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Venus and Jupiter’s Close Encounter This Week

(Jupiter, Venus, Mercury and Mars are seen in rare alignment over the Australian east coast on May 13, 2011 in Sydney, Australia.)

Photo by Cameron Spencer/Getty Images

If somebody tells you they saw a pair of UFOs this week, ask them to be sure they weren’t just gazing at Venus and Jupiter.

The two planets have been moving toward one another in the night sky for months now, and star gazers get a special treat this week as they line up for a planetary conjunction.

Venus and Jupiter get cozy about every 13 months, but this particular tango of the sky’s two brightest planets is special because they’ll be extra visible during the long evening in the Northern Hemisphere—and that won’t happen for another several years.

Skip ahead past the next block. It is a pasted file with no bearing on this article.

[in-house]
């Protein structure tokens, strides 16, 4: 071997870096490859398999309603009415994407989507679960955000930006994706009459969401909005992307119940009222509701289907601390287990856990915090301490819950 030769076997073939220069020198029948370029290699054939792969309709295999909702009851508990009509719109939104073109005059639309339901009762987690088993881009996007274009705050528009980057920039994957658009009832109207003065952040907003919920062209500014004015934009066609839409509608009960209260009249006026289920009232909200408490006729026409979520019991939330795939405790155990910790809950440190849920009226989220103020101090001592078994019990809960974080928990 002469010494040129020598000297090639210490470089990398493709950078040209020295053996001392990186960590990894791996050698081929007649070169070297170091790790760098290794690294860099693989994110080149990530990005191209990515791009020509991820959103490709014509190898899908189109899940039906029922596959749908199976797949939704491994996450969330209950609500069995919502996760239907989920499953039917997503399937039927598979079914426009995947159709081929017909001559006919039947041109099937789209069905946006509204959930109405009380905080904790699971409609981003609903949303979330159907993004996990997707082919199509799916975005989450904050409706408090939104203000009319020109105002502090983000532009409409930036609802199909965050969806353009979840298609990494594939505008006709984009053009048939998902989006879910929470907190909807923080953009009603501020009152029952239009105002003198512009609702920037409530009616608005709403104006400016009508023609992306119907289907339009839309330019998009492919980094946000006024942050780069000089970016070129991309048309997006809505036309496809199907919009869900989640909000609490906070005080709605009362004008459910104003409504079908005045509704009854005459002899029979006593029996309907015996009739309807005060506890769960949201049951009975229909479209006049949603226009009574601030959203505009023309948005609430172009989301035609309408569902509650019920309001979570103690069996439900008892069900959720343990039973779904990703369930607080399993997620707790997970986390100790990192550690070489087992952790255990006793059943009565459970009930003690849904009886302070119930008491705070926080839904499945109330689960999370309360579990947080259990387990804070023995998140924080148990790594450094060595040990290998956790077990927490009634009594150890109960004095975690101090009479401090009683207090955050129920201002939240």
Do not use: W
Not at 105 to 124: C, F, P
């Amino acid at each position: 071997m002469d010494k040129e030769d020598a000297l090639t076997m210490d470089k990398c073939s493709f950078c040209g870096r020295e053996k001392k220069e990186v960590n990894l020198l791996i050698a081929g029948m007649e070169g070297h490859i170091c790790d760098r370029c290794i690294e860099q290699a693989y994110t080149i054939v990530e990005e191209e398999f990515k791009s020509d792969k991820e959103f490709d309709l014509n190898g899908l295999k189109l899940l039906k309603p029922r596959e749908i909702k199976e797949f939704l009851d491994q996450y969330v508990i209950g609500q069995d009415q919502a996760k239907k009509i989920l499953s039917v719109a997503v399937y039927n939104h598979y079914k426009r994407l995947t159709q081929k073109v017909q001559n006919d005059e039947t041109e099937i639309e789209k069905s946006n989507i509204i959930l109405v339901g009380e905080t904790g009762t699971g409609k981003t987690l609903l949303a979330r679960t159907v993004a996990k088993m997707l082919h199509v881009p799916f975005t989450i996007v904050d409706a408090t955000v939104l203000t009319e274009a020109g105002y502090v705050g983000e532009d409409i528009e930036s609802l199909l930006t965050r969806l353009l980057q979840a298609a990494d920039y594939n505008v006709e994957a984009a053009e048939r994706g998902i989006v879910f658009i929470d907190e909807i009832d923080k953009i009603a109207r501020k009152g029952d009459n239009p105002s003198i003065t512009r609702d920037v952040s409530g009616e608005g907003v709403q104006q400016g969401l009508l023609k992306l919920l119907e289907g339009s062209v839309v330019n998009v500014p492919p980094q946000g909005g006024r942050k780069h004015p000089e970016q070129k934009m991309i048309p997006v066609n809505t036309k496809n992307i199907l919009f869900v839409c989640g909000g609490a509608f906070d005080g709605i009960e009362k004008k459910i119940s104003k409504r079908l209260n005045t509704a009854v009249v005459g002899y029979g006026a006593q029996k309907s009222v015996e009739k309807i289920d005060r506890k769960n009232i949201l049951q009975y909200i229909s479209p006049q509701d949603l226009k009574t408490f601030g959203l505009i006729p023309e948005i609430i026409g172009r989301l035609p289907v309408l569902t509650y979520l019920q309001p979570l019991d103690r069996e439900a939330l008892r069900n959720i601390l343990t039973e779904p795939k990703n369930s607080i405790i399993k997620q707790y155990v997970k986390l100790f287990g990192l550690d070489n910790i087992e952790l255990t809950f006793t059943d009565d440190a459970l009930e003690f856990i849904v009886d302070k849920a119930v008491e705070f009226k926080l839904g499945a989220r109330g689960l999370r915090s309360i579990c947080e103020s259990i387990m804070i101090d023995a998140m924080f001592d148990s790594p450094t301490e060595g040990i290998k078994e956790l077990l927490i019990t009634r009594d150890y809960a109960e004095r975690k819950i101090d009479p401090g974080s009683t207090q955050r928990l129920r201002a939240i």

By the time it peaks this Thursday night, the planetary conjunction will be visible above the western horizon for four hours. Venus, much closer than Jupiter, will be the brighter of the two planets, even though it’s much smaller in size. So take off the tinfoil hat and dust off the telescope; this close encounter of the celestial kind is worth watching.

Video produced by Dallas Jensen